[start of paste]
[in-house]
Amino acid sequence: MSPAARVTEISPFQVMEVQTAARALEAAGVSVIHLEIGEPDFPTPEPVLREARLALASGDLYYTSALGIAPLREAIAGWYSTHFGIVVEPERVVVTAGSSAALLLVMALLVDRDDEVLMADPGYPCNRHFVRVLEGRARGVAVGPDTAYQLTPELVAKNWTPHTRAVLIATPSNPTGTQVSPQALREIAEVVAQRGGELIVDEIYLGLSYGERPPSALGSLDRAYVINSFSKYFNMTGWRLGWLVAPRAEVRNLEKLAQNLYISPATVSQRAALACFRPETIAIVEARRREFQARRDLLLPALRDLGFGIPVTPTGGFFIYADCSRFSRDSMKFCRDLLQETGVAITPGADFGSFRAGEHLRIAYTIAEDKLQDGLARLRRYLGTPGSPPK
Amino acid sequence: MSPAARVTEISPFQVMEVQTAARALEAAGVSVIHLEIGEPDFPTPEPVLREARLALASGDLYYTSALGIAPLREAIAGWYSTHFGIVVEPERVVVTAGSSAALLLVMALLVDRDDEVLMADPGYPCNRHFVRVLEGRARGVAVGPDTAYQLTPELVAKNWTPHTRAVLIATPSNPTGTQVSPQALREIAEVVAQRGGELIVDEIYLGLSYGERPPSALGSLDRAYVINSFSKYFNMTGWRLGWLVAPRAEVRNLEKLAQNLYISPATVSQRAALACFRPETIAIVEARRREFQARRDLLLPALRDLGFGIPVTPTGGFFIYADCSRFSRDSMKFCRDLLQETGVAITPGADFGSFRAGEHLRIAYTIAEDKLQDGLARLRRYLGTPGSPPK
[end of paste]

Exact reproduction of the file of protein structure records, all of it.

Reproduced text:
[in-house]
Amino acid sequence: MSPAARVTEISPFQVMEVQTAARALEAAGVSVIHLEIGEPDFPTPEPVLREARLALASGDLYYTSALGIAPLREAIAGWYSTHFGIVVEPERVVVTAGSSAALLLVMALLVDRDDEVLMADPGYPCNRHFVRVLEGRARGVAVGPDTAYQLTPELVAKNWTPHTRAVLIATPSNPTGTQVSPQALREIAEVVAQRGGELIVDEIYLGLSYGERPPSALGSLDRAYVINSFSKYFNMTGWRLGWLVAPRAEVRNLEKLAQNLYISPATVSQRAALACFRPETIAIVEARRREFQARRDLLLPALRDLGFGIPVTPTGGFFIYADCSRFSRDSMKFCRDLLQETGVAITPGADFGSFRAGEHLRIAYTIAEDKLQDGLARLRRYLGTPGSPPK
Amino acid sequence: MSPAARVTEISPFQVMEVQTAARALEAAGVSVIHLEIGEPDFPTPEPVLREARLALASGDLYYTSALGIAPLREAIAGWYSTHFGIVVEPERVVVTAGSSAALLLVMALLVDRDDEVLMADPGYPCNRHFVRVLEGRARGVAVGPDTAYQLTPELVAKNWTPHTRAVLIATPSNPTGTQVSPQALREIAEVVAQRGGELIVDEIYLGLSYGERPPSALGSLDRAYVINSFSKYFNMTGWRLGWLVAPRAEVRNLEKLAQNLYISPATVSQRAALACFRPETIAIVEARRREFQARRDLLLPALRDLGFGIPVTPTGGFFIYADCSRFSRDSMKFCRDLLQETGVAITPGADFGSFRAGEHLRIAYTIAEDKLQDGLARLRRYLGTPGSPPK